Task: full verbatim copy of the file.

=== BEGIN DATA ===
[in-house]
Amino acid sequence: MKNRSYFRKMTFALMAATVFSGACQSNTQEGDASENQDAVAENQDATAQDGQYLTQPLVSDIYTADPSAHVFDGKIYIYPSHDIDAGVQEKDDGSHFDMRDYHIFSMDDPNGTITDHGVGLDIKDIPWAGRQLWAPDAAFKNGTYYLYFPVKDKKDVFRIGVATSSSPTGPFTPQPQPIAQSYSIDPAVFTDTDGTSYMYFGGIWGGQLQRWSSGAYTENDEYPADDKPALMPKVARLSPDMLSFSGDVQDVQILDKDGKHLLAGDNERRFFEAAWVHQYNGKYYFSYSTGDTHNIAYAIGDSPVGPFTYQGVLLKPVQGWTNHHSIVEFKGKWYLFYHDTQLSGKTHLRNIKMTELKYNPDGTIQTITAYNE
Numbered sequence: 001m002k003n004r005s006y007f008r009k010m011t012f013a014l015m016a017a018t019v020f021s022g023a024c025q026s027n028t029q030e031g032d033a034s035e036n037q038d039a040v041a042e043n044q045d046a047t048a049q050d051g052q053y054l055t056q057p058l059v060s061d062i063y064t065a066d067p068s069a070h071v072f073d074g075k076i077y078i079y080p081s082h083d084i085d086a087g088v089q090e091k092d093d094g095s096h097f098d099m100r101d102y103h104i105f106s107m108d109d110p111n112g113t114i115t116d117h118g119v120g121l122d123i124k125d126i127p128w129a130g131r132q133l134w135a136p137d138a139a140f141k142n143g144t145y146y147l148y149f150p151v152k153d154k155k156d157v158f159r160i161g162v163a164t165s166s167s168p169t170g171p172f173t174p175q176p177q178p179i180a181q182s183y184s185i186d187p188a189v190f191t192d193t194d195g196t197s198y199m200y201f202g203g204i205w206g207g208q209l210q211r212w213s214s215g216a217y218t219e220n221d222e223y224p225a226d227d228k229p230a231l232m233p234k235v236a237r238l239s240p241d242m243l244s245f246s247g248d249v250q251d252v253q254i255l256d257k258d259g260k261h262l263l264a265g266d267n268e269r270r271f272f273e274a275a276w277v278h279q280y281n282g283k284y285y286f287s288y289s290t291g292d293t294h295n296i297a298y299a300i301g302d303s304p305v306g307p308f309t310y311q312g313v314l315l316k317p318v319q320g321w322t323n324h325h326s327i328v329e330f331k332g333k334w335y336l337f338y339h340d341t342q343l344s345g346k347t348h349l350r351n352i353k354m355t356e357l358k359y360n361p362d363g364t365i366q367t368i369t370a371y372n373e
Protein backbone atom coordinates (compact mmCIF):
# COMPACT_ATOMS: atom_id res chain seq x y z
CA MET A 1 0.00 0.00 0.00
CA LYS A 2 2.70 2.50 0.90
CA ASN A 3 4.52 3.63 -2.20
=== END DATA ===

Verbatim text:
[in-house]
Amino acid sequence: MKNRSYFRKMTFALMAATVFSGACQSNTQEGDASENQDAVAENQDATAQDGQYLTQPLVSDIYTADPSAHVFDGKIYIYPSHDIDAGVQEKDDGSHFDMRDYHIFSMDDPNGTITDHGVGLDIKDIPWAGRQLWAPDAAFKNGTYYLYFPVKDKKDVFRIGVATSSSPTGPFTPQPQPIAQSYSIDPAVFTDTDGTSYMYFGGIWGGQLQRWSSGAYTENDEYPADDKPALMPKVARLSPDMLSFSGDVQDVQILDKDGKHLLAGDNERRFFEAAWVHQYNGKYYFSYSTGDTHNIAYAIGDSPVGPFTYQGVLLKPVQGWTNHHSIVEFKGKWYLFYHDTQLSGKTHLRNIKMTELKYNPDGTIQTITAYNE
Numbered sequence: 001m002k003n004r005s006y007f008r009k010m011t012f013a014l015m016a017a018t019v020f021s022g023a024c025q026s027n028t029q030e031g032d033a034s035e036n037q038d039a040v041a042e043n044q045d046a047t048a049q050d051g052q053y054l055t056q057p058l059v060s061d062i063y064t065a066d067p068s069a070h071v072f073d074g075k076i077y078i079y080p081s082h083d084i085d086a087g088v089q090e091k092d093d094g095s096h097f098d099m100r101d102y103h104i105f106s107m108d109d110p111n112g113t114i115t116d117h118g119v120g121l122d123i124k125d126i127p128w129a130g131r132q133l134w135a136p137d138a139a140f141k142n143g144t145y146y147l148y149f150p151v152k153d154k155k156d157v158f159r160i161g162v163a164t165s166s167s168p169t170g171p172f173t174p175q176p177q178p179i180a181q182s183y184s185i186d187p188a189v190f191t192d193t194d195g196t197s198y199m200y201f202g203g204i205w206g207g208q209l210q211r212w213s214s215g216a217y218t219e220n221d222e223y224p225a226d227d228k229p230a231l232m233p234k235v236a237r238l239s240p241d242m243l244s245f246s247g248d249v250q251d252v253q254i255l256d257k258d259g260k261h262l263l264a265g266d267n268e269r270r271f272f273e274a275a276w277v278h279q280y281n282g283k284y285y286f287s288y289s290t291g292d293t294h295n296i297a298y299a300i301g302d303s304p305v306g307p308f309t310y311q312g313v314l315l316k317p318v319q320g321w322t323n324h325h326s327i328v329e330f331k332g333k334w335y336l337f338y339h340d341t342q343l344s345g346k347t348h349l350r351n352i353k354m355t356e357l358k359y360n361p362d363g364t365i366q367t368i369t370a371y372n373e
Protein backbone atom coordinates (compact mmCIF):
# COMPACT_ATOMS: atom_id res chain seq x y z
CA MET A 1 0.00 0.00 0.00
CA LYS A 2 2.70 2.50 0.90
CA ASN A 3 4.52 3.63 -2.20